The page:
Medical students urge Congress to preserve GME
■ Hundreds of students participate in an AMA advocacy event on Capitol Hill urging lawmakers to boost graduate medical education positions and avoid funding reductions.
By Jennifer Lubell — Posted Feb. 15, 2013
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Washington Hans T. Zuckerman, a third-year medical student at the Philadelphia College of Osteopathic Medicine, painted a grim picture of what may await future students like him if federal support for graduate medical education either is reduced or not expanded.
“In the next couple of years, they're projecting that there may not be enough slots for all the students graduating from medical school to get into a residency,” said Zuckerman, who was one of about 300 medical students from around the country who participated in the American Medical Association's student advocacy day on Feb. 11. The medical students met with members of Congress during the event to urge lawmakers to preserve Medicare funding for residencies and take additional steps to boost the number of Medicare-supported residency positions.
Graduate medical education funds often have been the target for cuts during congressional budget negotiations. There's concern throughout organized medicine that talks regarding the automatic budget cuts, which are set to take effect on March 1 through a process known as sequestration, will hurt these programs. A 1997 cap on Medicare-funded residency slots has created additional problems; according to the AMA, medical school graduates in the U.S. will exceed the number of available slots as early as 2015.
“Residency training gives new physicians hands-on experience and provides high-quality care to patients,” said AMA President Jeremy A. Lazarus, MD, in a statement. “Limiting the slots available to train physicians as they leave medical school creates a bottleneck in the system and prevents the physician work force from growing to meet the needs of our nation's patients.”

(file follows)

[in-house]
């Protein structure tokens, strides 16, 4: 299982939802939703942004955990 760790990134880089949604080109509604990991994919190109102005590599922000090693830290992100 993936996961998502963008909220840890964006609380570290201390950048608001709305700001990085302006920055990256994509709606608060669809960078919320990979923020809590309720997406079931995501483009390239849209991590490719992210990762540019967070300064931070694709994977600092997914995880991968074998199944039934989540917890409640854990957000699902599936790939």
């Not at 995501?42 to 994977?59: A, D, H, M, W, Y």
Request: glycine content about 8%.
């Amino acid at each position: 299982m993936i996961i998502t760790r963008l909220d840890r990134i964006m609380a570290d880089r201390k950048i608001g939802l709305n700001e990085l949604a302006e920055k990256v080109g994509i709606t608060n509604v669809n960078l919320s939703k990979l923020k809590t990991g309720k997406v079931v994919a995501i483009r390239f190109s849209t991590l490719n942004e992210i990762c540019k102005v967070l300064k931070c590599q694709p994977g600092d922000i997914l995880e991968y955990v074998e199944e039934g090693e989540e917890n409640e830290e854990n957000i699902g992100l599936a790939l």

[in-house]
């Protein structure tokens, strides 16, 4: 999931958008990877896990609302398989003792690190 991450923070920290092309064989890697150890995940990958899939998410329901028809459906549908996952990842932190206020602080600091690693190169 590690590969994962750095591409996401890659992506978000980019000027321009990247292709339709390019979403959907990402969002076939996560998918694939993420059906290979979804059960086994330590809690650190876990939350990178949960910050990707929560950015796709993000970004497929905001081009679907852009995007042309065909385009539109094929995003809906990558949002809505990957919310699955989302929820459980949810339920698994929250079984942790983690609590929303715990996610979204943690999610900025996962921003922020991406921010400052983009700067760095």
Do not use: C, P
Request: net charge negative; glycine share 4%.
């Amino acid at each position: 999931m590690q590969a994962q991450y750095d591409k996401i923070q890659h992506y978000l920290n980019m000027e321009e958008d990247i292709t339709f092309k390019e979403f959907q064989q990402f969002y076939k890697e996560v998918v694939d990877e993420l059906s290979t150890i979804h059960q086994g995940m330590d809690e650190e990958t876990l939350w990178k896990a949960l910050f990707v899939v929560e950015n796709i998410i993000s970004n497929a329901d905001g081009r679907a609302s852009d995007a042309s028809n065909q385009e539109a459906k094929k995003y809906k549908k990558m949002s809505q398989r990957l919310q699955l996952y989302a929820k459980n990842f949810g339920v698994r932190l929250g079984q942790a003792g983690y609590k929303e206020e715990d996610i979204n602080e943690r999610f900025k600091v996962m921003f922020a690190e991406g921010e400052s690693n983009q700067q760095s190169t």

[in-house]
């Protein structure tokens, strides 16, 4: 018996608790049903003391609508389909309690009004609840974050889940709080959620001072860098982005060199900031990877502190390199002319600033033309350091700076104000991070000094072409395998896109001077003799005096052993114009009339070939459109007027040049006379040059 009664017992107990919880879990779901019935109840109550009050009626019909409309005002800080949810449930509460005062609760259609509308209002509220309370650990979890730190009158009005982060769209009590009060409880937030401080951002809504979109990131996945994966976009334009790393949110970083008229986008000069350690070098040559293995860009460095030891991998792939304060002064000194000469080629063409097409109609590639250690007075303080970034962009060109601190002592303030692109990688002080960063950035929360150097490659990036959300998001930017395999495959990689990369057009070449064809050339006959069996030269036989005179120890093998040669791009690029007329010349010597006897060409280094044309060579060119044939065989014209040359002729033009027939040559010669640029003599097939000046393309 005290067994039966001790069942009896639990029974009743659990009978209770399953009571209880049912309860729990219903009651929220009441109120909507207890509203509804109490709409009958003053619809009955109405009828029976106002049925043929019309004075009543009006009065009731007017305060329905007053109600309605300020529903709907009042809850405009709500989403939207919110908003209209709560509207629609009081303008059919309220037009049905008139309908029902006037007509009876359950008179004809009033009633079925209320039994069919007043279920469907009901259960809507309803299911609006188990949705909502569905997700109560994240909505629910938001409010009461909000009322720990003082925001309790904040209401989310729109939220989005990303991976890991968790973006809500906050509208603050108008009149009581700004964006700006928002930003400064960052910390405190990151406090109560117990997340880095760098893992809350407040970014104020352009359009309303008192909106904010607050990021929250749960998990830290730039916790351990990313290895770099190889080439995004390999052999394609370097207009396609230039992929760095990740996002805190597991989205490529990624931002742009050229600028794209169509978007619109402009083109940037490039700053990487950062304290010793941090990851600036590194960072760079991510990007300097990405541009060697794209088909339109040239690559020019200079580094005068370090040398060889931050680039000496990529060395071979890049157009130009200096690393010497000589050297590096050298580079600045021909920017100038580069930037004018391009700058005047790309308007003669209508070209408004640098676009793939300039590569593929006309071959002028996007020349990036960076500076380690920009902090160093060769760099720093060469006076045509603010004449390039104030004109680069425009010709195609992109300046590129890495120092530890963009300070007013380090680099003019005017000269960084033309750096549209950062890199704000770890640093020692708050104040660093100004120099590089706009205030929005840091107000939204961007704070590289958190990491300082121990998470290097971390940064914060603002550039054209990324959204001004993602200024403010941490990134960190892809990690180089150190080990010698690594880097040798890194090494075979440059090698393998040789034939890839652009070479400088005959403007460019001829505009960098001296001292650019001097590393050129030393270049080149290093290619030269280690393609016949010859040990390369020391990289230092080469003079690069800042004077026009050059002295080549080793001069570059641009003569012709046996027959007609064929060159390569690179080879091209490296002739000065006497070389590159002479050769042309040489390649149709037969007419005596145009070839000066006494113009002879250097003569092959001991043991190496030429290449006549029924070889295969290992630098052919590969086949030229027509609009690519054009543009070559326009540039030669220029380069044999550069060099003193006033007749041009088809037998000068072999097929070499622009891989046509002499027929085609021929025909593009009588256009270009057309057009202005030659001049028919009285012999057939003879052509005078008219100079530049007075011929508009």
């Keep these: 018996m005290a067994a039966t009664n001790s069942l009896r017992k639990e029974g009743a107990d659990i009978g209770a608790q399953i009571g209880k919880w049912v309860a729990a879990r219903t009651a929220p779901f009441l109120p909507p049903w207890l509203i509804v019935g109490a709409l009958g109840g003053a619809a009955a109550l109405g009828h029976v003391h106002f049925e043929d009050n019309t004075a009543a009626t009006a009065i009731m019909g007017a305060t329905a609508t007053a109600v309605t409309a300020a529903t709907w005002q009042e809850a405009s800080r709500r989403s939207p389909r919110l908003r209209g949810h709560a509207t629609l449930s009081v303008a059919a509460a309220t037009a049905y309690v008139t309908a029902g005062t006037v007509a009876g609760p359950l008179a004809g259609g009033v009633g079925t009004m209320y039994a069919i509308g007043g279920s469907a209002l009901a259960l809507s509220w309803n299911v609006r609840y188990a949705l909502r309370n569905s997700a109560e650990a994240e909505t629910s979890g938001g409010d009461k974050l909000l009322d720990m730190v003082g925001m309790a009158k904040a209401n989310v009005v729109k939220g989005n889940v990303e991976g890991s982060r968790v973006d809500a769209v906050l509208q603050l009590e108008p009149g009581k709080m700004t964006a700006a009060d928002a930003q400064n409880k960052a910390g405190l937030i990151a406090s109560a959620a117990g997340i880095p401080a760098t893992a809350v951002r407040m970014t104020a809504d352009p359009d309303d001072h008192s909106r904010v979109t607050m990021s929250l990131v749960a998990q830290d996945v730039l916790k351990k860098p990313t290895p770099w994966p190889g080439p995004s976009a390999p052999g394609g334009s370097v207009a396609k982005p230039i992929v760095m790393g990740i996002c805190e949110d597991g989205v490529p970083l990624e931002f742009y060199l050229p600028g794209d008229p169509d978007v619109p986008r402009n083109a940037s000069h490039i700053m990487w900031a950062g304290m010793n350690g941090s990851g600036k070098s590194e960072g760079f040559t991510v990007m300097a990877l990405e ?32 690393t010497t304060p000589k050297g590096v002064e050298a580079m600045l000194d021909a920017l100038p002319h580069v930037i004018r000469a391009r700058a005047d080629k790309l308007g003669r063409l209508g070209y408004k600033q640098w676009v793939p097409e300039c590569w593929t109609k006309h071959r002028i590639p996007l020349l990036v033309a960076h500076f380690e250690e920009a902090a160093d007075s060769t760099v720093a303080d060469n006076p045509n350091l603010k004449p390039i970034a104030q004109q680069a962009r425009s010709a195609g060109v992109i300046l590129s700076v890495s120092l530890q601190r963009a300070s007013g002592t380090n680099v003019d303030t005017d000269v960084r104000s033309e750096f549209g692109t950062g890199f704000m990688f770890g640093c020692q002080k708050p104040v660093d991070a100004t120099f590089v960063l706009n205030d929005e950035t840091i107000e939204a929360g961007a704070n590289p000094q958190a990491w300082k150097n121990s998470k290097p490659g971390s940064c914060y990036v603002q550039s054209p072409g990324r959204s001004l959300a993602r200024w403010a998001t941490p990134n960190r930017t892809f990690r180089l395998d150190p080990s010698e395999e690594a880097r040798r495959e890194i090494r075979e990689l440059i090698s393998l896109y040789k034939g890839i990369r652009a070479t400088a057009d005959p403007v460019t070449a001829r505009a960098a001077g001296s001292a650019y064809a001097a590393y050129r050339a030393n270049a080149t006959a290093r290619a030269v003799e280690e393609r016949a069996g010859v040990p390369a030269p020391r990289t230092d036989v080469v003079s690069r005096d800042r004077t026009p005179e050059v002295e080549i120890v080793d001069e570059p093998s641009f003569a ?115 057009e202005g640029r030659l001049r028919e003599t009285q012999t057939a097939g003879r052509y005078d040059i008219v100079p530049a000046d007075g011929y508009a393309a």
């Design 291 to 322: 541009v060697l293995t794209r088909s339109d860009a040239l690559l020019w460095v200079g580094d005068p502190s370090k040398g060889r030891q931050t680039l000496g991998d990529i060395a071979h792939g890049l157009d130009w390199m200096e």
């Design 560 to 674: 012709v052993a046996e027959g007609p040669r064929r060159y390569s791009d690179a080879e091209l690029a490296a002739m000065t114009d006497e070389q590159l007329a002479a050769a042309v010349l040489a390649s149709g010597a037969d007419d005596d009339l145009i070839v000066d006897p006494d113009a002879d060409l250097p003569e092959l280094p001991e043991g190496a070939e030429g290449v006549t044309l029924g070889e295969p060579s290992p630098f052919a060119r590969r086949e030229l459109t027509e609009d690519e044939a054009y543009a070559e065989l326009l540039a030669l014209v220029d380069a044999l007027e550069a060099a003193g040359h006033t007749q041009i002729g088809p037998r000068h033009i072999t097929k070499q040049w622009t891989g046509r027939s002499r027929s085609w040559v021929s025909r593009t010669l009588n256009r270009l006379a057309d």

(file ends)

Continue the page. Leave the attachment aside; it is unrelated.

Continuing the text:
Residency spots in doubt
There's a very real possibility that by 2015 some in the class of students graduating with medical and osteopathic degrees won't be able to get into residency slots, Zuckerman said. Many of these graduates will have hundreds of thousands of dollars in student loans but no jobs to help make payments, “or they'll have to choose lower jobs or find work anywhere they can. But they won't be able to practice medicine,” he said.
Compounding the problem is the fact that more medical school programs have been opening as residency programs shrink. “A lot more different fields have gotten competitive, even the less competitive fields” such as family medicine, said Leonid Vydro, a fourth-year medical student at the Medical College of Wisconsin in Milwaukee. As a result, “it's harder to get into programs into a lot of areas, including some that are really quite underserved.”
Everyone agrees that GME funding is an important issue, “but it all comes down to money and politics,” Zuckerman said. “A lot of times Republicans and Democrats will agree on an issue, but they won't be able to agree on how to fund it. And it's never popular to increase Medicare funding.” For that reason, Zuckerman said he would like to see federal GME funding delinked from Medicare.
The AMA recently took steps to preserve funding for GME programs, approving policy at its Interim Meeting in November 2012 to oppose GME cuts that would close residency programs or dismiss residents from current positions. To prepare for the Affordable Care Act's 2014 coverage expansions, the AMA policy supports campaigns to boost the number of residency positions by at least 15%.
A medical education remains a costly venture. Andrew Rudawsky, a third-year medical student at the University of Toledo College of Medicine in Ohio, estimates that his total debt, including undergraduate education costs, may end up amounting to $300,000.
“It's a significant number, and in considering what type of medicine I'd like to practice in the future, I'd really like to have a family and own a house and pay for my children's education. That's difficult to do if you're entering a low-paying primary care specialty. But, unfortunately, it's the area that we have the greatest need for,” Rudawsky said. He has yet to decide whether to go into a primary care or surgical field.